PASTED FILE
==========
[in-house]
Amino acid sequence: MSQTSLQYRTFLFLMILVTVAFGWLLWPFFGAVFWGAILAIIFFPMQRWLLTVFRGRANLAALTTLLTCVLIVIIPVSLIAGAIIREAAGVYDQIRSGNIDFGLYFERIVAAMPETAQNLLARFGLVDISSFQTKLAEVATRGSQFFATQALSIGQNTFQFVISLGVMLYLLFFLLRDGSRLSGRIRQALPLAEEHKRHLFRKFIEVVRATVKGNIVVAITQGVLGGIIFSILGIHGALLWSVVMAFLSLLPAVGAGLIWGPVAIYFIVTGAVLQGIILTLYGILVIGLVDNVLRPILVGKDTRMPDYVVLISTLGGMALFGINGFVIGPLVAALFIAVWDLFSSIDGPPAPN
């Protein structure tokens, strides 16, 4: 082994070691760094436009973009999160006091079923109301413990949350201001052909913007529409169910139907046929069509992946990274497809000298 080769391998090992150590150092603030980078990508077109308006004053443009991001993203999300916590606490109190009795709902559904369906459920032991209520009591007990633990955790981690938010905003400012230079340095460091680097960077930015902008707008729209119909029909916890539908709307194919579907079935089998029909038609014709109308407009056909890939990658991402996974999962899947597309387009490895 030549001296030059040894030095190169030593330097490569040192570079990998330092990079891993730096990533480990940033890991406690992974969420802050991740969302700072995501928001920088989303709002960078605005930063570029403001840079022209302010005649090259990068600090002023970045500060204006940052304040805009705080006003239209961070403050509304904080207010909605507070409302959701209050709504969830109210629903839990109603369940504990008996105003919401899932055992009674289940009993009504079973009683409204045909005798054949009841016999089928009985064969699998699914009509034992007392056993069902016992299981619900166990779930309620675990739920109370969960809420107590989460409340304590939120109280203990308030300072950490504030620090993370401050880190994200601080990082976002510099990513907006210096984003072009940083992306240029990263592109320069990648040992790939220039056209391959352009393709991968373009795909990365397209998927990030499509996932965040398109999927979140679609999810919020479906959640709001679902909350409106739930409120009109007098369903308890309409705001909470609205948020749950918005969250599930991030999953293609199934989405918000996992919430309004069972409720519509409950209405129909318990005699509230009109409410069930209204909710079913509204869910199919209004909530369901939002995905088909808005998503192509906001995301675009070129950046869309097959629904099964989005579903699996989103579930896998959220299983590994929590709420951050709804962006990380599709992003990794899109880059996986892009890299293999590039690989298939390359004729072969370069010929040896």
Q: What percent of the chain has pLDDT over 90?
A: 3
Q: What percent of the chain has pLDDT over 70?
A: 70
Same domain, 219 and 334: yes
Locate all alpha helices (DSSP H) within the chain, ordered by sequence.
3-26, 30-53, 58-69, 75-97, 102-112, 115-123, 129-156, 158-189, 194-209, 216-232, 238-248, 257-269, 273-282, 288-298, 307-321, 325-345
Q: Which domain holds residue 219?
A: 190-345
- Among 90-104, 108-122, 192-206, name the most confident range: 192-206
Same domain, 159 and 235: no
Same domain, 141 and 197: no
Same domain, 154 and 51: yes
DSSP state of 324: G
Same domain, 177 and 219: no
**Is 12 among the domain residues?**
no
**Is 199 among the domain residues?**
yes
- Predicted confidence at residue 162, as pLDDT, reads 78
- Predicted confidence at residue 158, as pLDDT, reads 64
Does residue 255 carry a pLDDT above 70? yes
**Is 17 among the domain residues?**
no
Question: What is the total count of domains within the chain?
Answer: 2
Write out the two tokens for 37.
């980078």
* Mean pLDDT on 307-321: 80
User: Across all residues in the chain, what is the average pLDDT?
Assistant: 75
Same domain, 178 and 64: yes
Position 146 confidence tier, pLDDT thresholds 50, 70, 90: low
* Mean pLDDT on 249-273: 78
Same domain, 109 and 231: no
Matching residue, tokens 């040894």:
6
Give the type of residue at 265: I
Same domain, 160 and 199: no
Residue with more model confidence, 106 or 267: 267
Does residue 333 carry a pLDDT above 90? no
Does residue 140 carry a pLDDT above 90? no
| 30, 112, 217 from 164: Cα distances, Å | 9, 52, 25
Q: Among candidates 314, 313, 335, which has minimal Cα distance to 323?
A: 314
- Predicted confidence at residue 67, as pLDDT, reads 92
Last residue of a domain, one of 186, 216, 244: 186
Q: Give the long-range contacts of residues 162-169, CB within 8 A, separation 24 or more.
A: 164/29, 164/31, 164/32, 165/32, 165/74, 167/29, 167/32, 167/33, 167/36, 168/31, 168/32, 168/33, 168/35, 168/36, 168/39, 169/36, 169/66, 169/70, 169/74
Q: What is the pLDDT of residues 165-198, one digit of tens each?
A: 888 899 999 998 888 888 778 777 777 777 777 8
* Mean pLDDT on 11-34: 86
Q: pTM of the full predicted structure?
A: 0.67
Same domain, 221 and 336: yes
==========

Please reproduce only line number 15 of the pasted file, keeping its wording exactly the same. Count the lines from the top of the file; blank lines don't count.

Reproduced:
Same domain, 141 and 197: no